- Who we are
- We can help with
- Adjusting to change
- Anger Management
- Bipolar Disorder
- Chronic Fatigue Syndrome
- Chronic pain
- Daily Acitivities
- Dissociation and Dissociative Disorders
- Existential therapy
- Family Work
- Grief and Loss
- Low Mood and Depression
- Managing stress
- Obsessive Compulsive Disorder
- Personal / relational discomfort
- Social anxiety and discomfort
- Trauma / PTSD
- Working with carers and supporters
- ASD Clinic
- Therapies / models
- For Professionals
Welcome back to the Avenue Therapies Ltd blog. A project set up by the UK Wildlife Trust called 30 days of wild (link at the bottom of this post) was this inspiration for this series. I think it’s a lovely project that aims to support people at home, school and work to be more in touch with nature and reap the benefits that this might offer.
We’re all different
How we approach the outdoors and the natural world more generally varies a lot. Nature is a significant part of some of our lives and yet for others it is less important. Some people feel very connected with nature and the outdoors, others not so much. Some like the sand between their toes, others a comfy pair of slippers! No judgements here! It’s also interesting how our connection can change. It can also depend on the demands put upon us, social conventions and age; we are used to seeing children jumping in muddy puddles or being fascinated by a wood louse – not so much for adults.
A disconnect or a change in connection?
Many have argued that the connection the general population has with nature is pretty small and has been decreasing. There are many reasons for this. One of these dates back to the 1760s with the start of the industrial revolution. The transport of people and goods massively reduced its reliance on animals, farming required less and less engagement with the natural world as it became mechanised. People moved from small, close nit agricultural communities to large urban cities. In addition, the focus of society moved from subsistence and getting by to generating wealth and affluence. As it did, it improved the living standards of many and brought significant technological, scientific and medical advances, but it also moved many of us away from the surrounding environment.
This pattern can be seen to have continued with the relatively recent technological revolution. We spend more and more time in offices, on computers and mobile phones. We spend longer and longer hours at work, sitting down at desks or in meetings and take fewer breaks. Towns and cities have also continued to grow, resulting in urban populations that are many times larger than their rural counterparts globally. We even have apps on our phones to record indoor workouts so we don’t have to worry about going outside. All this impacts on the time, inclination and opportunity that many of us have to engage with the natural world.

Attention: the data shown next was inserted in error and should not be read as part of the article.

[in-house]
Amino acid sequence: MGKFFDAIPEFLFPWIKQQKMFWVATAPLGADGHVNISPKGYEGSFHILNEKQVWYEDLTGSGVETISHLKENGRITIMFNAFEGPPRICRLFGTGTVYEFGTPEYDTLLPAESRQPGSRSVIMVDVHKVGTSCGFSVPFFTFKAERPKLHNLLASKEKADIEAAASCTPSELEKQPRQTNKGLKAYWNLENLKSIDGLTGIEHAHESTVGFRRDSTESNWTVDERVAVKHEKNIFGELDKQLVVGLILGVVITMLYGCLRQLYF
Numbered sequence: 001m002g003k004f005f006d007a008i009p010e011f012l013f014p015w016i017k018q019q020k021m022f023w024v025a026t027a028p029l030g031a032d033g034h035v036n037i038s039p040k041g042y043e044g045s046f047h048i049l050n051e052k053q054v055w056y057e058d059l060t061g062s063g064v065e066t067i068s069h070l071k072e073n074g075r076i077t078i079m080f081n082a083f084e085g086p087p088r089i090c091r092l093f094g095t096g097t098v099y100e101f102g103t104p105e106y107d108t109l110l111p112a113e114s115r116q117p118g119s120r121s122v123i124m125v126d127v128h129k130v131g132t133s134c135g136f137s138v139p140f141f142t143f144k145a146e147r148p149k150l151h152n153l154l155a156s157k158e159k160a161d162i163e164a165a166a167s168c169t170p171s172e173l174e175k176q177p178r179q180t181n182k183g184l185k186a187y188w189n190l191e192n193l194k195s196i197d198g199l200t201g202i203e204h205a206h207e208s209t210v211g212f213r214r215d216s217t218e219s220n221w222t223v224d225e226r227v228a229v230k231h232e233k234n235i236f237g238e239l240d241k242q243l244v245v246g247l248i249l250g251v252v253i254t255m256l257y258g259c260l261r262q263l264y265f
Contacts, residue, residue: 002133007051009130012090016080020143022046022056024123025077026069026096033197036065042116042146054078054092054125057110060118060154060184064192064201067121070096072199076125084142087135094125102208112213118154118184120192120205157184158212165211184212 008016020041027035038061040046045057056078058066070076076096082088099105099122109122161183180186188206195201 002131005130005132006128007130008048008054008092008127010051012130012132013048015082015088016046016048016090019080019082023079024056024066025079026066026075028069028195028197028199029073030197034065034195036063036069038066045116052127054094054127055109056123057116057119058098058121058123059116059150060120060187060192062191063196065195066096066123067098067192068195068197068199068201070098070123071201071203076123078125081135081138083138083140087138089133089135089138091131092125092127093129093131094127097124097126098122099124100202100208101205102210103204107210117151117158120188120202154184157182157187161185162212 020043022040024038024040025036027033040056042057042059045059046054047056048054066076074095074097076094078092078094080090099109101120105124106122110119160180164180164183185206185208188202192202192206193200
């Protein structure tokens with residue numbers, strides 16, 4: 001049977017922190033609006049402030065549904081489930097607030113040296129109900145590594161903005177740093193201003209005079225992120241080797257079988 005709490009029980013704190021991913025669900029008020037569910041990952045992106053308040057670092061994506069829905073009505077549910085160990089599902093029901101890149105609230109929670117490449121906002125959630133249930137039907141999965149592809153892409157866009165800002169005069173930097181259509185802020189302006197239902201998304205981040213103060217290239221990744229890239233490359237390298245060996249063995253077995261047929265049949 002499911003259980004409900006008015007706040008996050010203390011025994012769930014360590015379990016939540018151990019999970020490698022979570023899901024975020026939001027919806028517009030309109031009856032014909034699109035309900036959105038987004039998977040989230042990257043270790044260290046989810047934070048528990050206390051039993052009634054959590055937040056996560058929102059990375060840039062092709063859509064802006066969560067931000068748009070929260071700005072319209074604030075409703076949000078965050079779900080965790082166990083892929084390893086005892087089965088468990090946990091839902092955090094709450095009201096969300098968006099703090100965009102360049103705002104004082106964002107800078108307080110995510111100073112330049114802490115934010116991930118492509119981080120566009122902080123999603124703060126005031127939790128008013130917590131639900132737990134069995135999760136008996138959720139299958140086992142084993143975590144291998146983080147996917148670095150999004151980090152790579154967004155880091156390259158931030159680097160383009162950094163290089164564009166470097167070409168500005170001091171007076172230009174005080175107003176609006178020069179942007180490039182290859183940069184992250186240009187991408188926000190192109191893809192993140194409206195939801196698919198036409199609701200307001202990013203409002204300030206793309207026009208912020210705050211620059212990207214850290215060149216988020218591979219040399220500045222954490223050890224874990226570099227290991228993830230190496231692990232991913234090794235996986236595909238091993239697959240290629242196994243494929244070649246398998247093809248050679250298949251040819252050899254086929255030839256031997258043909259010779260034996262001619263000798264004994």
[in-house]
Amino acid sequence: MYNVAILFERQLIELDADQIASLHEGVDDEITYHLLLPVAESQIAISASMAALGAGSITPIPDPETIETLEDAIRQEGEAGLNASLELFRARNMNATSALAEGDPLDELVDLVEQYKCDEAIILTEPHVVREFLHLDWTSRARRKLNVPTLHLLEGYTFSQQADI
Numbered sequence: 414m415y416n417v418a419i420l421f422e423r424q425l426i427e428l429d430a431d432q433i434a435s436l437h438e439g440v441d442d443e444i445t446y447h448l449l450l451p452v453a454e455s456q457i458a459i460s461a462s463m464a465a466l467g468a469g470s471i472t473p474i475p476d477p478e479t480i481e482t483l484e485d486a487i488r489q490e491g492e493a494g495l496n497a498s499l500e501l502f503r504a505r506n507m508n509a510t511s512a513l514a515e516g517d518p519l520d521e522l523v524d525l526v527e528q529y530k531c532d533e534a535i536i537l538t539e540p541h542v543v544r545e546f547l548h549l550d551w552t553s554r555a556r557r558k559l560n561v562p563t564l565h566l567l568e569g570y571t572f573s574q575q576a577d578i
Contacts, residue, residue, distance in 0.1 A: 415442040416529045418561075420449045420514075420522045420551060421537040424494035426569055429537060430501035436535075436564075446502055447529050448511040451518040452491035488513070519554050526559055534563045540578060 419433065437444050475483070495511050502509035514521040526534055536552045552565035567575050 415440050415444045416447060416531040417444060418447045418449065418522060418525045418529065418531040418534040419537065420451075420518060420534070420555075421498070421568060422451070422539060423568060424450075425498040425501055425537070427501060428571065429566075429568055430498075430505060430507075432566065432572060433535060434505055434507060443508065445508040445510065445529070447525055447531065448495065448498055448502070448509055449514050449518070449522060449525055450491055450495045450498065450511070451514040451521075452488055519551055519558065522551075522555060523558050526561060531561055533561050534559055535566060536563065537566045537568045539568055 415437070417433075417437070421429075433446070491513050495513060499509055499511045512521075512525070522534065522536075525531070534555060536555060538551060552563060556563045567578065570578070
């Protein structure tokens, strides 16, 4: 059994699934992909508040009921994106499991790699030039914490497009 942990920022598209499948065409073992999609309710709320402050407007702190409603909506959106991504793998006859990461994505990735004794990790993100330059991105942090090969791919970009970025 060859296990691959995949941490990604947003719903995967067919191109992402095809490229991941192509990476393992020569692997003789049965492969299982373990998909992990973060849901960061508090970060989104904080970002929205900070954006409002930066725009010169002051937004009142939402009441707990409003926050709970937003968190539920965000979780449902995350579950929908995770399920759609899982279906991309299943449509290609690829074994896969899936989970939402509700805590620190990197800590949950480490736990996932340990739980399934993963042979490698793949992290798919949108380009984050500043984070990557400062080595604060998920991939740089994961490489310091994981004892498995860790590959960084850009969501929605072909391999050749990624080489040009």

So, there is this strong narrative in the media, and perhaps in our culture more generally, that we are becoming less and less connected with the natural world. However, in some ways people do seem to be becoming more connected both directly but also via the media (for example through the BBC documentary Blue Planet 2). There are large drives to reduce plastic use, water and power wastage and dietry changes. I have also noticed a little discussion in the media, and elsewhere, about the importance of nature and the outdoors on our psychological wellbeing. We have also seen that research has started to indicate that being around nature and the outdoors can have significant effects on our wellbeing and I’ll talk a bit more about this in the next blog.
Different types of connection
It’s also worth bearing in mind that the connections we have with nature can vary a lot. One is not better than another, we experience and connect with nature in SO many different ways, for example:
Caring for pot plants in our homes
Watching squirrels in our local park
Swimming in the sea
Participating in wildlife surveys
Watching birds care for their young via webcam
Looking at wildflowers in roadside verges
Climbing mountains or moorlands
Rockpooling by the seaside
Foraging for ‘wild foods’
Going for a walk, run or cycle in an outdoor space
Taking a lunch break in a park
Going to a nature reserve
Cutting down on disposable waste
Helping with a street or beech clean
Planting a tree or plant
Spending time in an allotment
Building bird or insect boxes
Learning to identify animals we see on a daily basis
Volunteering at a local natural charity
Talking to other people about the outdoors
Pause for Thought
If you think about the list above, what are the things that you most connect with? How often do you do those things? When you are doing those activities, what impact does it have on you and your mental wellbeing?
Nature and Mental Health Blog
This series aims to think about how nature and being outdoors connects with, and influences, our mental wellbeing. I will also aim to summarise some of the research around how nature can impact on our mental wellbeing and introduce the concept of ‘Ecotherapy’. I’ll think about how we can all get more involved in this kind of activity and how we might overcome some of the barriers. Finally, I’ll briefly think about what types of programmes there are out there to get involved in.
I hope that all sounds interesting. If you feel worried about any of the information here, you can have a look at our resources page for contacts which might be helpful.
See you next week for the next instalment.
Link to 30 Days of wild: http://action.wildlifetrusts.org/page/20877/petition/1?locale=en-GB